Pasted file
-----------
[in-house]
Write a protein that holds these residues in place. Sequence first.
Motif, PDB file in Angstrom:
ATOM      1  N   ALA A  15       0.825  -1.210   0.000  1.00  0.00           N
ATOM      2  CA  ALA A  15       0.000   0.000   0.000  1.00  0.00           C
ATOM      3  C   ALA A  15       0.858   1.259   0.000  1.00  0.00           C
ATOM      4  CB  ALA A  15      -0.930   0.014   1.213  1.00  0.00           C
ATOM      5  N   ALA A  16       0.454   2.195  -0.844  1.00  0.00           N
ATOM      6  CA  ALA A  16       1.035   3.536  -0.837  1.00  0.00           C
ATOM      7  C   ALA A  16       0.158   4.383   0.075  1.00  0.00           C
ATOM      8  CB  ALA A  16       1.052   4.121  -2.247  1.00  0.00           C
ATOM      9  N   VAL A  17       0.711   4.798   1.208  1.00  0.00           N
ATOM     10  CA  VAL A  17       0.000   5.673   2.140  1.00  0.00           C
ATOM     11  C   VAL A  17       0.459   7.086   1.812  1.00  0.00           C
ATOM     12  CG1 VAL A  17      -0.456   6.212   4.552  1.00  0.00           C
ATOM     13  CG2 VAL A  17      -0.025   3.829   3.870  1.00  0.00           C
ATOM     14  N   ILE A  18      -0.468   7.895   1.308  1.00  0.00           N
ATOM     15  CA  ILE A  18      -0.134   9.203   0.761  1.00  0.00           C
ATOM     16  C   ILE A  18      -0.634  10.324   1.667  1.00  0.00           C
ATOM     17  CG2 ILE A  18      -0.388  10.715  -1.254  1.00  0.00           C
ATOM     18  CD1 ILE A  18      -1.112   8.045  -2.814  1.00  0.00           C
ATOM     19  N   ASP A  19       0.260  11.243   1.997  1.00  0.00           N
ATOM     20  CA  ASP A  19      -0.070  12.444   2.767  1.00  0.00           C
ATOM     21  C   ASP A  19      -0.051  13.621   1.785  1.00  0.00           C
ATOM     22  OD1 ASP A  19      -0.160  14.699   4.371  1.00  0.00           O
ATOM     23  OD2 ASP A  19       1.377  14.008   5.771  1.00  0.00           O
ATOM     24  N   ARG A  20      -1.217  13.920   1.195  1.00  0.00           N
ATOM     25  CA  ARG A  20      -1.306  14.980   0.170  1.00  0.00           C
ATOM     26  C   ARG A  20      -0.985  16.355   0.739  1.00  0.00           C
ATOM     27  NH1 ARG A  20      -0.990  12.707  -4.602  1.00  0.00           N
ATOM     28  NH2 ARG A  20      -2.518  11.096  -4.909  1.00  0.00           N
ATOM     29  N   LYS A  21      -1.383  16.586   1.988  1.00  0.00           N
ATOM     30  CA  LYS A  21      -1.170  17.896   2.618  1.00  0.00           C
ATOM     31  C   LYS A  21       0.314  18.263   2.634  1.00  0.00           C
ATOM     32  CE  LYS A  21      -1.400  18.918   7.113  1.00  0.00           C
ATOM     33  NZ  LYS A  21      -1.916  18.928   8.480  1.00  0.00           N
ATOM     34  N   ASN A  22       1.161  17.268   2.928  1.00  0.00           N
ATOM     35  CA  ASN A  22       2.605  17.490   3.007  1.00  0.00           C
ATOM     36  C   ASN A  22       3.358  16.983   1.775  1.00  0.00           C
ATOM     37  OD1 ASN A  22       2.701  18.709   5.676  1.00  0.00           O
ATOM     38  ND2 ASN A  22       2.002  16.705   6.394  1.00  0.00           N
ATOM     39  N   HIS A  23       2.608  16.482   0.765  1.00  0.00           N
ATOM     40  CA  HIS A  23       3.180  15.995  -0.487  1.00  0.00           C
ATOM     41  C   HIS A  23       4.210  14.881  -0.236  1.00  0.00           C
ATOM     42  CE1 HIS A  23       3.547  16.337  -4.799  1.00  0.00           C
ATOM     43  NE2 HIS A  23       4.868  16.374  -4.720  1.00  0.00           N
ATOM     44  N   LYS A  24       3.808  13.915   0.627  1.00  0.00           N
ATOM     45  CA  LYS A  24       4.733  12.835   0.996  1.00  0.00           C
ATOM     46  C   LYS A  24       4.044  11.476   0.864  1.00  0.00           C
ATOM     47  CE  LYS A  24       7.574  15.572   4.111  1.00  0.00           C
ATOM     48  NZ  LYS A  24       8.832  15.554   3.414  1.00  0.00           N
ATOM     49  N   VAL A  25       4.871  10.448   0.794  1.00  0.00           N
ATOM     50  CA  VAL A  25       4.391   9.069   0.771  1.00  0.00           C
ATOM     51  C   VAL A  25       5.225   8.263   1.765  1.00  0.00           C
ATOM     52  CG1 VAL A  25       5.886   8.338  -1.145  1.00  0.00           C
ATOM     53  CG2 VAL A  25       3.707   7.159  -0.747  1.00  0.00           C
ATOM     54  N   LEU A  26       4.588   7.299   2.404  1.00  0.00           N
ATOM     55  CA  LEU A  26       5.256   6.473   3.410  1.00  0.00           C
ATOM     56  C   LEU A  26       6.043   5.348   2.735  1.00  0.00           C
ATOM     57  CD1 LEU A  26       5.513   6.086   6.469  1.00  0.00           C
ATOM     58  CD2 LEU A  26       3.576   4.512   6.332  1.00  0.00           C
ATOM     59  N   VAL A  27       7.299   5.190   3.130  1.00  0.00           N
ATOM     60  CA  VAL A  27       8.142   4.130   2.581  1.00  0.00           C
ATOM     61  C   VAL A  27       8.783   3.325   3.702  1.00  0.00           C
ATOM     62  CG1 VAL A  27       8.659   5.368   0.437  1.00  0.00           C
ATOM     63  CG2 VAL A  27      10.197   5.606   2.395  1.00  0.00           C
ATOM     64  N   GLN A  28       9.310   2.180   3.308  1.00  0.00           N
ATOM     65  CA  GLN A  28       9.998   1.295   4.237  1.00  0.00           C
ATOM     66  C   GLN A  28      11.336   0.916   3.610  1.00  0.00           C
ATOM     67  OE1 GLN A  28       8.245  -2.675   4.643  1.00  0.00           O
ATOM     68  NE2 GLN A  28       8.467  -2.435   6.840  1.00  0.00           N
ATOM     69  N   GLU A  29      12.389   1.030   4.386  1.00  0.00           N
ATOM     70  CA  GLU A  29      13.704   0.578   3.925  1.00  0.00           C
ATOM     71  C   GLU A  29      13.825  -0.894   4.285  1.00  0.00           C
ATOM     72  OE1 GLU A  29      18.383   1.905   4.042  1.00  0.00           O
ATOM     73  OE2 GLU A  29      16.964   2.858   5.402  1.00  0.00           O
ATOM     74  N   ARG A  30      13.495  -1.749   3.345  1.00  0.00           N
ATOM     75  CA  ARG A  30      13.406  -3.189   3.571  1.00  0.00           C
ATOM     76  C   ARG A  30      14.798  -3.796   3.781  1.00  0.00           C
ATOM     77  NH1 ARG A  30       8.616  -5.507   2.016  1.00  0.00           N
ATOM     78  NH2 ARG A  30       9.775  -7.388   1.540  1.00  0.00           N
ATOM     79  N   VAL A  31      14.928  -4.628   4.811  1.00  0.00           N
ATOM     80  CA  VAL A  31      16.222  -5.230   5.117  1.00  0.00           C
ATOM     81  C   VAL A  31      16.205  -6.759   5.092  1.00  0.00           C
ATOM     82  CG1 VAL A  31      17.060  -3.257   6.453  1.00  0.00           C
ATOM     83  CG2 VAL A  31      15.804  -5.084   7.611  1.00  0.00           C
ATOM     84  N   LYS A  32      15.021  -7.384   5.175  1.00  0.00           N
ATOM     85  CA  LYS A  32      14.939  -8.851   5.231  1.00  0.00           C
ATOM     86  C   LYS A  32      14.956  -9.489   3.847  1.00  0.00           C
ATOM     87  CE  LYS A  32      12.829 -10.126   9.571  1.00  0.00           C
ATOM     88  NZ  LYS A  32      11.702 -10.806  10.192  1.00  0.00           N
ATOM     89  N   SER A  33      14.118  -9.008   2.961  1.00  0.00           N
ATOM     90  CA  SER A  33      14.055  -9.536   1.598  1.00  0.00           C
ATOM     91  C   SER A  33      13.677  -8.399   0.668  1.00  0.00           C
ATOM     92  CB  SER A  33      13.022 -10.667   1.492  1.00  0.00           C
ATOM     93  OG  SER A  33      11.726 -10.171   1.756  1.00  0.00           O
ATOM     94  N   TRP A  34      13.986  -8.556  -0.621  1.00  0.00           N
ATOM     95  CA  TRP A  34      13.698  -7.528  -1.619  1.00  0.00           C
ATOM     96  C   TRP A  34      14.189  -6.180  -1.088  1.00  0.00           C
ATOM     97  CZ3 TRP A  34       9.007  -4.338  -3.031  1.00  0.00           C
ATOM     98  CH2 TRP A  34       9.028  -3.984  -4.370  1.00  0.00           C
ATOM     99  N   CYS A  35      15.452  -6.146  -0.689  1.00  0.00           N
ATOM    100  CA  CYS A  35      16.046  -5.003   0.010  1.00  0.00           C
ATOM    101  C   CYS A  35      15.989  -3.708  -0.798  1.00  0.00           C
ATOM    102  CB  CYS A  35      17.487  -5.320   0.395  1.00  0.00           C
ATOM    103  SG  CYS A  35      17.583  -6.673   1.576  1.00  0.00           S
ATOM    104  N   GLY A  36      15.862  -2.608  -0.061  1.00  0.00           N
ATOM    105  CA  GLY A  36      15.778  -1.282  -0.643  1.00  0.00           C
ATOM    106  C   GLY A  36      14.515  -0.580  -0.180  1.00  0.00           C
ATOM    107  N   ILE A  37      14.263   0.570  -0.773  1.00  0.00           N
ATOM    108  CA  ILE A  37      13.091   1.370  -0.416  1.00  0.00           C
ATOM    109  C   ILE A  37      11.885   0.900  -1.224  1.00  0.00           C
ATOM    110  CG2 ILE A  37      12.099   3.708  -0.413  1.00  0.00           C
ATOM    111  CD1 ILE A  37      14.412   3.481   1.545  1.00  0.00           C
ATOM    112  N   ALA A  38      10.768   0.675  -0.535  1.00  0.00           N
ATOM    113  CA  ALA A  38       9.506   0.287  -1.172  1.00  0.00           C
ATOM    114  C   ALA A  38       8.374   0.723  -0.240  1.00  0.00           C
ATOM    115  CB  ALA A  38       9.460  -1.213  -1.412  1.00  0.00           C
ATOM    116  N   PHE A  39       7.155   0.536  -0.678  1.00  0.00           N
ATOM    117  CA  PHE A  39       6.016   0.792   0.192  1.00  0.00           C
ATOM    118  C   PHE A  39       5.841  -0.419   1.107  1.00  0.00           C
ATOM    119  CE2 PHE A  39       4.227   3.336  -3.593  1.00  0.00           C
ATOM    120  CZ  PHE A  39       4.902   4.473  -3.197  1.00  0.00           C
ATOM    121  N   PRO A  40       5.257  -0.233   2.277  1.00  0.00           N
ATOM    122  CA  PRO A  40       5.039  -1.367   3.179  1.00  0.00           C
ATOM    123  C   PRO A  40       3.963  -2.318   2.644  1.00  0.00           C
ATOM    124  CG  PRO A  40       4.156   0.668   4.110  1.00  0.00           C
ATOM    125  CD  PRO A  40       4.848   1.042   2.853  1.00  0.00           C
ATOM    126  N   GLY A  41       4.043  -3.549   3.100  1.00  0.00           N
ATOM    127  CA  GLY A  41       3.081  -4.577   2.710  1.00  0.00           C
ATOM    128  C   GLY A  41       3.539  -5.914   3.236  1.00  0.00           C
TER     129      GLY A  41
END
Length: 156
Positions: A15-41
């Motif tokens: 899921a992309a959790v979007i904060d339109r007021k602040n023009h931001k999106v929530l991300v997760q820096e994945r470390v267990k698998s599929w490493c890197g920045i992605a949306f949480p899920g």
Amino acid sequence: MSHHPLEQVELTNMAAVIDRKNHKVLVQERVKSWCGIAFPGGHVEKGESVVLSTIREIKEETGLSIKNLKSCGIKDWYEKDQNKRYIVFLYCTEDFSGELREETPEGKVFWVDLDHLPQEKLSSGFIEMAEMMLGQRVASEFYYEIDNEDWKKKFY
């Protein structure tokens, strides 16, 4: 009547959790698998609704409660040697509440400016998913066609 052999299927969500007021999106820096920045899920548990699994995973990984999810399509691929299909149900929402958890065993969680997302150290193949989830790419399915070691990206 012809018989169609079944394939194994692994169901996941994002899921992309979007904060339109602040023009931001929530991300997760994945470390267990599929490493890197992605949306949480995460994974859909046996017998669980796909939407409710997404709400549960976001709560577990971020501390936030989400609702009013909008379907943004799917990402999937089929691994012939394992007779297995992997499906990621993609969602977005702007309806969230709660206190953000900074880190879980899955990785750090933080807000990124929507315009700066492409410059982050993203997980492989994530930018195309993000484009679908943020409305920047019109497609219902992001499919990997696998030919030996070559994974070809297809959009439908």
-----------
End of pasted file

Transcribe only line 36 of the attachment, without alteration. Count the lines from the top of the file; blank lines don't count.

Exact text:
ATOM     33  NZ  LYS A  21      -1.916  18.928   8.480  1.00  0.00           N